Thursday, July 23, 2015

Reconstruction Home Loans are Real! Here's What You Need to Know!

Home loans for new residential construction are one of the most commonly available loan products available today. Obviously, there are standard home loans as well, but what about reconstruction home loans? With today’s housing market being what it is, consumers who purchase a home in need of a little TLC certainly can’t be expected to shoulder renovation costs that make a home habitable, can they? As it happens, there’s a special loan program that helps new home owners cover the costs, its an FHA loan program, and it really isn’t as odd these days as you might think!

The FHA coins this type of loan a section 203(k) loan. Put simply, it allows home buyers to fold the cost of renovations to a property into the purchase mortgage, eliminating the need of buyers to take out a second mortgage to cover repairs and renovations. 

These types of loans have increased in popularity in the last ten years, as homeowners who couldn’t afford to make mortgage payments were forced to abandon properties, sometimes leaving them uninhabited for years at a stretch. This can result in damage to plumbing, loss of electrical fixtures and wiring to vandals and thieves, and significant levels of water damage. More and more, buyers are picking up these distressed properties for much less than their original purchase price, and are having to spend tens of thousands of dollars bringing them back up to code.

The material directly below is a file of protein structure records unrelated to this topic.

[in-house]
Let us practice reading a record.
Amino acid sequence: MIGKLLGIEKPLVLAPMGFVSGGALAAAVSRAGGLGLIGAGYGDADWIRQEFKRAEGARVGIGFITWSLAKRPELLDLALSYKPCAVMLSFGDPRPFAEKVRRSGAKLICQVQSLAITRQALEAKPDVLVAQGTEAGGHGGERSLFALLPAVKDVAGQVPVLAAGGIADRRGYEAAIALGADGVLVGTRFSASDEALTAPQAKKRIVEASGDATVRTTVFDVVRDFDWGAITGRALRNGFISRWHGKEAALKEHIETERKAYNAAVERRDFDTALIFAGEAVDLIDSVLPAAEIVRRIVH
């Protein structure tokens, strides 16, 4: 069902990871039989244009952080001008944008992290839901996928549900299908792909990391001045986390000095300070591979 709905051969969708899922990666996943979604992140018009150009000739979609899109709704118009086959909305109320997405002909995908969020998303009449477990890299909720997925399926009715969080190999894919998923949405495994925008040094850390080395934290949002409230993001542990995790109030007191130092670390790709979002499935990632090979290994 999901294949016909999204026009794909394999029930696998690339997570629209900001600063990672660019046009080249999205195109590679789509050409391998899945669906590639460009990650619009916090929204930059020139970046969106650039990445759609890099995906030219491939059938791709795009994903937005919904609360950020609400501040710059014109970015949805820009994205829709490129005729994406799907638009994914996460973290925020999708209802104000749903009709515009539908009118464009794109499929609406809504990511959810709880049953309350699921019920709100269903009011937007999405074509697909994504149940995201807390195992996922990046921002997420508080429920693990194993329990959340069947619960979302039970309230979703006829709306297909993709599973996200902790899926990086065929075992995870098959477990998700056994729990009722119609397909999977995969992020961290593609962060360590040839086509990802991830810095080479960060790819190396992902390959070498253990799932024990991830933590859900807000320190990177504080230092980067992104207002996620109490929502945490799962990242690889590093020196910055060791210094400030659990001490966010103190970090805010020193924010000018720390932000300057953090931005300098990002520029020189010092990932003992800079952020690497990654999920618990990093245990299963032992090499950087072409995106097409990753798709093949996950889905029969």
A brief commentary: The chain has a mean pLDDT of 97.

There are two types of reconstruction home loans available through the FHA today. The first is called a “Streamline 203(k)” and is limited to repairs and improvements which total less than $35,000. This should be more than sufficient to replace electrical, repair plumbing, and put a new roof on many homes today, but if you require a loan with a bit more heft, there’s one available for renovations in excess of $35,000.

Limits on these loans are pretty straightforward: Taking out a loan for $400,000 on a home that will only be worth $150,000 when it’s renovated isn’t going to happen. On the other hand, $440,000 on a loan for a home that, when finished, will appraise for $400,000 fits the terms laid out by the FHA. 

There are also time limitations in addition to limits on who can take out these loans. For instance, investors cannot take out this type of loan. It has to be used on a principle residence. The time restrictions are that work must be begun within 30 days of the closing, and must be completed within six months. Check with your loan officer for other limitations and to address any further concerns you might have beyond what can be covered in this overview.

A reconstruction loan is a great way to rehabilitate the home of your dreams without going broke in the process. It opens up a world of possibilities for homeowners in making their new home exactly the home they want, and can help shore up the housing market by bringing badly neglected homes up to code and livable again!


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